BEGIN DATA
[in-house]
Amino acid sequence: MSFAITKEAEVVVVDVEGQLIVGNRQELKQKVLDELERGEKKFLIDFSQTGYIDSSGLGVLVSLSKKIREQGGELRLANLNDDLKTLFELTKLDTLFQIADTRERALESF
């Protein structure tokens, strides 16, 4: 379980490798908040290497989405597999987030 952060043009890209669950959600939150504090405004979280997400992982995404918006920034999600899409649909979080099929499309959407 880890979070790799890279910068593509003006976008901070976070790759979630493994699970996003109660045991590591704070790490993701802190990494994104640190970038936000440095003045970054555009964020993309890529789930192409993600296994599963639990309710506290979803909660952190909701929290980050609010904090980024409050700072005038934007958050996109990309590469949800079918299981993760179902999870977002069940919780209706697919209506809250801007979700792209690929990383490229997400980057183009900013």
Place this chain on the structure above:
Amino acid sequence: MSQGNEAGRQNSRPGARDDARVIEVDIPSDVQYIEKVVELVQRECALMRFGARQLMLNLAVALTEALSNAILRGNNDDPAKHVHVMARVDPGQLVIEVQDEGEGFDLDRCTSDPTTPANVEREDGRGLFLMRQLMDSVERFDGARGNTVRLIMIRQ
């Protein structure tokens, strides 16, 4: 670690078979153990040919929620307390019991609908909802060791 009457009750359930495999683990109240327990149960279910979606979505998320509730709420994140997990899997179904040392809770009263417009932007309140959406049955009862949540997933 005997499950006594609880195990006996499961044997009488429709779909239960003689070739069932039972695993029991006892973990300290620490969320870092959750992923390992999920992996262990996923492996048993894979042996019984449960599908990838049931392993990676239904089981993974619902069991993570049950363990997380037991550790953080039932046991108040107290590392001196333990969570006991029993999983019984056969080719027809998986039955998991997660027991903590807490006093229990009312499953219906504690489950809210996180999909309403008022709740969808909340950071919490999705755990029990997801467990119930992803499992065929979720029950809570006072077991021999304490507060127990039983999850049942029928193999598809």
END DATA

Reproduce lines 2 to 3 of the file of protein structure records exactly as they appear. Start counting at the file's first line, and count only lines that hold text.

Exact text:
Amino acid sequence: MSFAITKEAEVVVVDVEGQLIVGNRQELKQKVLDELERGEKKFLIDFSQTGYIDSSGLGVLVSLSKKIREQGGELRLANLNDDLKTLFELTKLDTLFQIADTRERALESF
């Protein structure tokens, strides 16, 4: 379980490798908040290497989405597999987030 952060043009890209669950959600939150504090405004979280997400992982995404918006920034999600899409649909979080099929499309959407 880890979070790799890279910068593509003006976008901070976070790759979630493994699970996003109660045991590591704070790490993701802190990494994104640190970038936000440095003045970054555009964020993309890529789930192409993600296994599963639990309710506290979803909660952190909701929290980050609010904090980024409050700072005038934007958050996109990309590469949800079918299981993760179902999870977002069940919780209706697919209506809250801007979700792209690929990383490229997400980057183009900013």